qualified avalanche technician, as well
as alicensed blaster, trainedtouse
Butnone of that expertise could
save him when awall of snow
released and carried him 1,500 feet
down asteep gullyand buriedhim
headforward under 5feet of debris.
Suttonhad no pulse when rescuers
reachedhim,and he waspronounced
At firstitseemed likejustanother
in agrowingnumber of avalanche
deaths as more and moreski ers and
sn owboarde rssearch fo rvirginpo w-
der and ski basinstry to accommodate
them. Before 1990,itwas rare to have
morethan 15 people die in avalanches
in aseason. Since2000,anaverage of
39 die ayear.
Ski patrol deaths in avalanches, how-
ever,are rare.And it turned outthat
DaveyPitcher, the 52-ye ar-old ow ner
of the Wolf Creek Ski Area,did not
have apermit forhis skipatrolteam to
work in the area wh ereSuttondied.
Pitcher ’s temporary special -use
permittoconduct heli -sk i surv eys in
theRio Grande National Forest had
expirednearly three yearsearlier.
NowSutto n’sfamily membe rsand
fri end s areque stioni ngwh ether the
ski basin,in its pushtoattract more
backcountry adventurers,put Sutton
in harm’s way.
Albert Durand,Sutto n’ sstepfather,
calledthe unauthorized patrol mission
“a wholecowboyoperation, totally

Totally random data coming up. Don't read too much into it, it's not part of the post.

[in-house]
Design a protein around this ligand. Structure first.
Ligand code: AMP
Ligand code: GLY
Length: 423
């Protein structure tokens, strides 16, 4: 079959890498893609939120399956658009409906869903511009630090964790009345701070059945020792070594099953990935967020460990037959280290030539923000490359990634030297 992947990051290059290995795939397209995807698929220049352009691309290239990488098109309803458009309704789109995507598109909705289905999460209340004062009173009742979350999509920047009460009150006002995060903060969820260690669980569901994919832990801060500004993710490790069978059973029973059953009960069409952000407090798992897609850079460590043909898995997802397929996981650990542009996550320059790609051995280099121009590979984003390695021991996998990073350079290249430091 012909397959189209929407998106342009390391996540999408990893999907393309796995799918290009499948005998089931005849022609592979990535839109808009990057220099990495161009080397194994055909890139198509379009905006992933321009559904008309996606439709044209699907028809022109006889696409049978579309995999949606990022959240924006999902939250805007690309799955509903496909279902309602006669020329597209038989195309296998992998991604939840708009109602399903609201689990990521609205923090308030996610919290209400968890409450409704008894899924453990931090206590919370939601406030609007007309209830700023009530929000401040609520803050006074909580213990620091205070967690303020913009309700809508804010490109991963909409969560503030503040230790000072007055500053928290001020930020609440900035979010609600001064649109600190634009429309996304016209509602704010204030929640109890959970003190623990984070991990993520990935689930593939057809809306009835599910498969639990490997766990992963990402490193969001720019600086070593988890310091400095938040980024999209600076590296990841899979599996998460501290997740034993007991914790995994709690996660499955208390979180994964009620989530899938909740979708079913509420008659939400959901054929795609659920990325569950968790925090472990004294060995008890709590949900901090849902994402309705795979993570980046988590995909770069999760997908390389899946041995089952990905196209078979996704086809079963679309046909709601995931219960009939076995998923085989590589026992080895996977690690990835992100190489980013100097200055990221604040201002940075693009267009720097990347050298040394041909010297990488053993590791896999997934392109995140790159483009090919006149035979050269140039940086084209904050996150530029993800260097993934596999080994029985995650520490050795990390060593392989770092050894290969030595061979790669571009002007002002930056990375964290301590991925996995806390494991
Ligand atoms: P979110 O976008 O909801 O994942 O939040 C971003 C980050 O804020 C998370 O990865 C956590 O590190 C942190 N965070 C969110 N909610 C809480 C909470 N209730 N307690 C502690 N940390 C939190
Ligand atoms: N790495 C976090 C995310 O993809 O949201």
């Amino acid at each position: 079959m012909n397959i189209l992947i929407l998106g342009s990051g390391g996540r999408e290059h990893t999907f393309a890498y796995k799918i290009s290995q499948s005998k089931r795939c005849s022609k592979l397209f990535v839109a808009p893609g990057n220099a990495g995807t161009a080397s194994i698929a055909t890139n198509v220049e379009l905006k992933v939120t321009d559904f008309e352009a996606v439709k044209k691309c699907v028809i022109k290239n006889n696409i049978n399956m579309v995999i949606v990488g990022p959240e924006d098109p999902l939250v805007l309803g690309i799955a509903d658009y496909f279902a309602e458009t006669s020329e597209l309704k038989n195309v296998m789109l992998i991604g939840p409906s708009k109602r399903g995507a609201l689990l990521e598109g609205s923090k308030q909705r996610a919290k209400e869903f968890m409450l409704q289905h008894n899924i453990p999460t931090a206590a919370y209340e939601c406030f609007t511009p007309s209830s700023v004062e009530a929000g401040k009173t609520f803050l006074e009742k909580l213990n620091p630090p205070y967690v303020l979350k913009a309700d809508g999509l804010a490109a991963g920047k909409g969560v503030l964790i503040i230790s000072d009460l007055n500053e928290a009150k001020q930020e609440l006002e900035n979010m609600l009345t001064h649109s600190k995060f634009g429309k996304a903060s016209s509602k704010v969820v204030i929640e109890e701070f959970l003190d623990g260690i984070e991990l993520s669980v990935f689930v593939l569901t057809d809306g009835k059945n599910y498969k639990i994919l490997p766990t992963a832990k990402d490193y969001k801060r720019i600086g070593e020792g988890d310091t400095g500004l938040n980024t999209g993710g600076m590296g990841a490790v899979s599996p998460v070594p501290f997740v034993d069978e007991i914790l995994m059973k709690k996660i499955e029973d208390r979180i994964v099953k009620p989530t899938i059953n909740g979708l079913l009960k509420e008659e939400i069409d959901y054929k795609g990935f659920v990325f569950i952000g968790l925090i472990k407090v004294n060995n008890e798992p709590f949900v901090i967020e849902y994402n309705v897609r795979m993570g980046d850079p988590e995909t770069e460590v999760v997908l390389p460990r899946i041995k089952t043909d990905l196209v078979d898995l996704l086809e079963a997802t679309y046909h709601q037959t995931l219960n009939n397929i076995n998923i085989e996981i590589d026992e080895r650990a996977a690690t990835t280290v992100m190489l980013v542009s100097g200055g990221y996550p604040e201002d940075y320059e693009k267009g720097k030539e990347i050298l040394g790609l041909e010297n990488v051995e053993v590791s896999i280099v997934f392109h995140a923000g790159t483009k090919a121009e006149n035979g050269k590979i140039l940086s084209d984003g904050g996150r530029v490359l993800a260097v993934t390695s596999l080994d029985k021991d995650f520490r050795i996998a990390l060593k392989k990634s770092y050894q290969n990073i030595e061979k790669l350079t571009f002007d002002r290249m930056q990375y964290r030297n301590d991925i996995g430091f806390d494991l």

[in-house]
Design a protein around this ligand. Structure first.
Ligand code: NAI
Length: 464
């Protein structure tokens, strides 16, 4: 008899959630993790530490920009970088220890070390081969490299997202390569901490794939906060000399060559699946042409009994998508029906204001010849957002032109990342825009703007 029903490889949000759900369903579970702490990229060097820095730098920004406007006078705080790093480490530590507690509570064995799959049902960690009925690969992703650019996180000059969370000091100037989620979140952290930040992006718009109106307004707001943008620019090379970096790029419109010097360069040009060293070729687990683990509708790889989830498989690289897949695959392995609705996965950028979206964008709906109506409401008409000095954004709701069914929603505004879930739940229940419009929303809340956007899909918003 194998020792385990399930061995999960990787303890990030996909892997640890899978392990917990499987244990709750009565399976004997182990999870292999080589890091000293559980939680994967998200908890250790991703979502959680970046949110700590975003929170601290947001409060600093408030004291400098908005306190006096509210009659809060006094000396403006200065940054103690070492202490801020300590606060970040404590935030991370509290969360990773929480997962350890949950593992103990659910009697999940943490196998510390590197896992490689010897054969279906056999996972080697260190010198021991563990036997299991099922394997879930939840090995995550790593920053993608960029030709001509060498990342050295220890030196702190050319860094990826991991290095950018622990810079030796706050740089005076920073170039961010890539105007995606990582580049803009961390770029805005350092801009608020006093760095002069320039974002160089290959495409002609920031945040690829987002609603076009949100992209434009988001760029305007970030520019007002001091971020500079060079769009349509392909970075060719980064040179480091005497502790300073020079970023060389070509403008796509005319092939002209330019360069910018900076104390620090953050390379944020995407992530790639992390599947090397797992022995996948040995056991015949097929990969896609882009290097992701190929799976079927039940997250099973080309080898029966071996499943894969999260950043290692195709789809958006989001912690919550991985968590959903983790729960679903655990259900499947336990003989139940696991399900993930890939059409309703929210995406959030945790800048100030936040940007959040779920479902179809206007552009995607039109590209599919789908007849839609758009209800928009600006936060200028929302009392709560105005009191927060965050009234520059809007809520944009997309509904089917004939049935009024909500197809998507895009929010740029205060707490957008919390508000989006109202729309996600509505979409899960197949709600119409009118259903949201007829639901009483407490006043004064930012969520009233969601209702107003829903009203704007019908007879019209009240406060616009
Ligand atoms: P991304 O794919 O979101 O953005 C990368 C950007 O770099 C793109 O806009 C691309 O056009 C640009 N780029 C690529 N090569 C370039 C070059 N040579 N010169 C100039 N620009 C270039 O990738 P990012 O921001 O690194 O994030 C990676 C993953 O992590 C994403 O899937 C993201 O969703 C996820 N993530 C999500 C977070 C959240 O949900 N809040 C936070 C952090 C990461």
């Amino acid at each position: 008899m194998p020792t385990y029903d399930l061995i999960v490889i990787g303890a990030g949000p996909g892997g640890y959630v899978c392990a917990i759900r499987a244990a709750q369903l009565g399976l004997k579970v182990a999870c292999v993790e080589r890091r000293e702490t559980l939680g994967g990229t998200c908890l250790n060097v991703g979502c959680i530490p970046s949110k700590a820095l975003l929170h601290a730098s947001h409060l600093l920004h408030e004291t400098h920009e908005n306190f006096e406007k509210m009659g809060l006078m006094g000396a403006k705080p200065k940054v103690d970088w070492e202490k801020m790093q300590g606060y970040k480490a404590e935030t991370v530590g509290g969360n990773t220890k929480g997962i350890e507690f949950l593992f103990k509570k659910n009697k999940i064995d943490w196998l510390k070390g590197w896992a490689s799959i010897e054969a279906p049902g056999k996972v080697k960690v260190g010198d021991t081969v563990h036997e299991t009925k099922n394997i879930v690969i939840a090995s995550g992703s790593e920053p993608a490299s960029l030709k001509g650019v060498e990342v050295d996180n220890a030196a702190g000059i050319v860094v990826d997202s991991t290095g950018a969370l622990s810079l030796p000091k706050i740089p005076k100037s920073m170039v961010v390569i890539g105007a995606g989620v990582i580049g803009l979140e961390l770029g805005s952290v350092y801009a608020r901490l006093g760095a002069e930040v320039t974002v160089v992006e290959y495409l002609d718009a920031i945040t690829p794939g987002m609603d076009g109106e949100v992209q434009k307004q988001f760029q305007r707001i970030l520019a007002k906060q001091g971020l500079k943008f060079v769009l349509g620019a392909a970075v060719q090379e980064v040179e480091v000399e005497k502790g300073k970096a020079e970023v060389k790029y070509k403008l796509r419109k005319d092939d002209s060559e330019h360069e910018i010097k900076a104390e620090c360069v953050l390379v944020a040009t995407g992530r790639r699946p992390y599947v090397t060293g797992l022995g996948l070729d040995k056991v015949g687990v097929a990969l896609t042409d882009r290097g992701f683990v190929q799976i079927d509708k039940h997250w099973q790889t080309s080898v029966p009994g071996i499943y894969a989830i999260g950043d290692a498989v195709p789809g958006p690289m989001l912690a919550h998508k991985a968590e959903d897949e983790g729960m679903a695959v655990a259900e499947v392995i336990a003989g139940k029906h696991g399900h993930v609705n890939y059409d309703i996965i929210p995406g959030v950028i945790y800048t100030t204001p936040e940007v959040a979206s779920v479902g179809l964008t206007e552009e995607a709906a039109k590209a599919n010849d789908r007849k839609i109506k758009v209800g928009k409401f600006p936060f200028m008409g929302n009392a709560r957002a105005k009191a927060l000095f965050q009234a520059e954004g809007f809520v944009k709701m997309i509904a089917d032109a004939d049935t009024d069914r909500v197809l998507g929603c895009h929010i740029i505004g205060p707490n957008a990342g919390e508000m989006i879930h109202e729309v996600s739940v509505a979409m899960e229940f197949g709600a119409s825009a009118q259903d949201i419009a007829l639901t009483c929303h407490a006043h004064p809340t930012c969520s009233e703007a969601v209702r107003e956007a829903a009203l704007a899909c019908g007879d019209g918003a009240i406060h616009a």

into the backcountry by helicopter
thatday was“grossrecklessness,” he
Pitcher,who waspart of the team
thatwenttothe site to r es cueColi n,
has pleaded not guilty tofivefederal
citations forconducting work activity
using ahelicopter in theRio Grande
National Forest without written
authorizationand forusing explosives
December.Healso facesthousands of
dollars in finesfro mthe Occupational
Safety and Health Administration.
Pitcher declined to comment on the
c itationsorhis plea.But he said, “Ilost
aclose friend with Colin.”
Sutton’sdeath wasthe second involv-
sional ski patrol in the last five years. In
November 2010,ScottKay,the headof
the patrol, wascaught in asnowslide
inside theski area boundary whileper-
workingonhis own, aviolationofstan-
fies thatworkbeconducted in groups.
He died from asphyxiation. Suttonwas
on the crew thatextracted him.
They were among onlythree ski
patrol memberswho have died by
avalanche since2010. Theother was
at AlpineMeadows in California,
accordingtothe American Avalanche
Main office: 983-3303 Latepaper: 986-3010 News tips: 986-3035
Calendara-2 Classifieds e-8 Comics Inside Crossworde-14 Family C-6 Lotteries a-2 Opinions B-1 realestate e-1 Sports D-1 time Out e-14
Six sections,46 pages
165th year,No. 327
as minorityleader Page c-1
aguide to the holidays in
Northern NewMexico inside
On March4,Colin Sutton, awolfCreek skipatrolman whogrewup